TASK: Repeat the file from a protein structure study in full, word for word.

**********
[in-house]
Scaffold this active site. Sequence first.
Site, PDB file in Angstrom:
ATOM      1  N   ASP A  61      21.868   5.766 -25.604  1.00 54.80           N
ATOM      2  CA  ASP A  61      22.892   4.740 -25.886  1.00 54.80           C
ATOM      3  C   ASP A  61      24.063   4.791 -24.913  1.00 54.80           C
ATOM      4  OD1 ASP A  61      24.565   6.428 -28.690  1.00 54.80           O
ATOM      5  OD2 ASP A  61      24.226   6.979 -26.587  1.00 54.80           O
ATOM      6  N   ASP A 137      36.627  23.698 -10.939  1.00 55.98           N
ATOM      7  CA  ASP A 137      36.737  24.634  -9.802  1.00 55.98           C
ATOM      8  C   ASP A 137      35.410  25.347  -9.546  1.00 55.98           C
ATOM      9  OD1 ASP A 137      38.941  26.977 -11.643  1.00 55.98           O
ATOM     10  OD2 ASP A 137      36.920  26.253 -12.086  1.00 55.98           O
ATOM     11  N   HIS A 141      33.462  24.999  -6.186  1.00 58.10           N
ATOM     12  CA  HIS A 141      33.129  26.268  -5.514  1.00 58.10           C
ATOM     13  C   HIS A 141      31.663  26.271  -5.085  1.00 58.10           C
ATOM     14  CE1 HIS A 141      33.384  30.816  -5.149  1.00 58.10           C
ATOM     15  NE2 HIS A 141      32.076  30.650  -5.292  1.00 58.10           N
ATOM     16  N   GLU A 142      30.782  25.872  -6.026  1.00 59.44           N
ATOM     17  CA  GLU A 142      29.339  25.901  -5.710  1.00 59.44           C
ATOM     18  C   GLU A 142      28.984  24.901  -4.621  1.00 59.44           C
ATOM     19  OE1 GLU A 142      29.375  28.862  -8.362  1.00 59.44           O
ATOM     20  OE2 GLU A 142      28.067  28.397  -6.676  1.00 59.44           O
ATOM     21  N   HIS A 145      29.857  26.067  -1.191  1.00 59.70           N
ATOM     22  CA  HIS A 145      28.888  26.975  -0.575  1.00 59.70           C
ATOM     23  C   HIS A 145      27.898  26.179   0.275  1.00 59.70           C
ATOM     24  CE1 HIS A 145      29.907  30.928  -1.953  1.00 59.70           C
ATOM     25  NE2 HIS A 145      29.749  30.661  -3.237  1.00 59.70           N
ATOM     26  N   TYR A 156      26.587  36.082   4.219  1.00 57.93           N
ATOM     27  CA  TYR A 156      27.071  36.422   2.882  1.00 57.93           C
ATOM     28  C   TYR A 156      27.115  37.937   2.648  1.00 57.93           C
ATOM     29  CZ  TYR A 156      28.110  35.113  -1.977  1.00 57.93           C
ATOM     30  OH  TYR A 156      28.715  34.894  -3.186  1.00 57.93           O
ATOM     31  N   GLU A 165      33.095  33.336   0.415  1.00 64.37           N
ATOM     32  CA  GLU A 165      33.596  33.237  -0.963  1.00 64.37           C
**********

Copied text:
[in-house]
Scaffold this active site. Sequence first.
Site, PDB file in Angstrom:
ATOM      1  N   ASP A  61      21.868   5.766 -25.604  1.00 54.80           N
ATOM      2  CA  ASP A  61      22.892   4.740 -25.886  1.00 54.80           C
ATOM      3  C   ASP A  61      24.063   4.791 -24.913  1.00 54.80           C
ATOM      4  OD1 ASP A  61      24.565   6.428 -28.690  1.00 54.80           O
ATOM      5  OD2 ASP A  61      24.226   6.979 -26.587  1.00 54.80           O
ATOM      6  N   ASP A 137      36.627  23.698 -10.939  1.00 55.98           N
ATOM      7  CA  ASP A 137      36.737  24.634  -9.802  1.00 55.98           C
ATOM      8  C   ASP A 137      35.410  25.347  -9.546  1.00 55.98           C
ATOM      9  OD1 ASP A 137      38.941  26.977 -11.643  1.00 55.98           O
ATOM     10  OD2 ASP A 137      36.920  26.253 -12.086  1.00 55.98           O
ATOM     11  N   HIS A 141      33.462  24.999  -6.186  1.00 58.10           N
ATOM     12  CA  HIS A 141      33.129  26.268  -5.514  1.00 58.10           C
ATOM     13  C   HIS A 141      31.663  26.271  -5.085  1.00 58.10           C
ATOM     14  CE1 HIS A 141      33.384  30.816  -5.149  1.00 58.10           C
ATOM     15  NE2 HIS A 141      32.076  30.650  -5.292  1.00 58.10           N
ATOM     16  N   GLU A 142      30.782  25.872  -6.026  1.00 59.44           N
ATOM     17  CA  GLU A 142      29.339  25.901  -5.710  1.00 59.44           C
ATOM     18  C   GLU A 142      28.984  24.901  -4.621  1.00 59.44           C
ATOM     19  OE1 GLU A 142      29.375  28.862  -8.362  1.00 59.44           O
ATOM     20  OE2 GLU A 142      28.067  28.397  -6.676  1.00 59.44           O
ATOM     21  N   HIS A 145      29.857  26.067  -1.191  1.00 59.70           N
ATOM     22  CA  HIS A 145      28.888  26.975  -0.575  1.00 59.70           C
ATOM     23  C   HIS A 145      27.898  26.179   0.275  1.00 59.70           C
ATOM     24  CE1 HIS A 145      29.907  30.928  -1.953  1.00 59.70           C
ATOM     25  NE2 HIS A 145      29.749  30.661  -3.237  1.00 59.70           N
ATOM     26  N   TYR A 156      26.587  36.082   4.219  1.00 57.93           N
ATOM     27  CA  TYR A 156      27.071  36.422   2.882  1.00 57.93           C
ATOM     28  C   TYR A 156      27.115  37.937   2.648  1.00 57.93           C
ATOM     29  CZ  TYR A 156      28.110  35.113  -1.977  1.00 57.93           C
ATOM     30  OH  TYR A 156      28.715  34.894  -3.186  1.00 57.93           O
ATOM     31  N   GLU A 165      33.095  33.336   0.415  1.00 64.37           N
ATOM     32  CA  GLU A 165      33.596  33.237  -0.963  1.00 64.37           C